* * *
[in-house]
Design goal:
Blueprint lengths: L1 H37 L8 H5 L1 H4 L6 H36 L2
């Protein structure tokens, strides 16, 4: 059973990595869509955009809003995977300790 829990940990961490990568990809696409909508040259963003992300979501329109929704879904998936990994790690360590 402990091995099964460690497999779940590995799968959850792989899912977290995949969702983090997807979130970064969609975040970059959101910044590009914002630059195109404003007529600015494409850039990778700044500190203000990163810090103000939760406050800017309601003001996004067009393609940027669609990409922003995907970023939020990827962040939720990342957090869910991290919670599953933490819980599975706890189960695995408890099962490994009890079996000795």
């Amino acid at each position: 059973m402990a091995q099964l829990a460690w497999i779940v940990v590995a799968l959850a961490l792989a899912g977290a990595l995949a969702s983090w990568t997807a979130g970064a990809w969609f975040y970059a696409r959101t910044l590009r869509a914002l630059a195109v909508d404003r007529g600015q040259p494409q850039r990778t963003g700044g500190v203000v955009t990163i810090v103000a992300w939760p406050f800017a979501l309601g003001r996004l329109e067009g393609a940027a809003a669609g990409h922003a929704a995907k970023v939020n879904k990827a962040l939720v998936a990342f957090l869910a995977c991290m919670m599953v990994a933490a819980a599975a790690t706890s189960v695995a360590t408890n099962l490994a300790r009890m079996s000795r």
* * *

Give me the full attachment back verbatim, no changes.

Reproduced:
[in-house]
Design goal:
Blueprint lengths: L1 H37 L8 H5 L1 H4 L6 H36 L2
């Protein structure tokens, strides 16, 4: 059973990595869509955009809003995977300790 829990940990961490990568990809696409909508040259963003992300979501329109929704879904998936990994790690360590 402990091995099964460690497999779940590995799968959850792989899912977290995949969702983090997807979130970064969609975040970059959101910044590009914002630059195109404003007529600015494409850039990778700044500190203000990163810090103000939760406050800017309601003001996004067009393609940027669609990409922003995907970023939020990827962040939720990342957090869910991290919670599953933490819980599975706890189960695995408890099962490994009890079996000795």
């Amino acid at each position: 059973m402990a091995q099964l829990a460690w497999i779940v940990v590995a799968l959850a961490l792989a899912g977290a990595l995949a969702s983090w990568t997807a979130g970064a990809w969609f975040y970059a696409r959101t910044l590009r869509a914002l630059a195109v909508d404003r007529g600015q040259p494409q850039r990778t963003g700044g500190v203000v955009t990163i810090v103000a992300w939760p406050f800017a979501l309601g003001r996004l329109e067009g393609a940027a809003a669609g990409h922003a929704a995907k970023v939020n879904k990827a962040l939720v998936a990342f957090l869910a995977c991290m919670m599953v990994a933490a819980a599975a790690t706890s189960v695995a360590t408890n099962l490994a300790r009890m079996s000795r």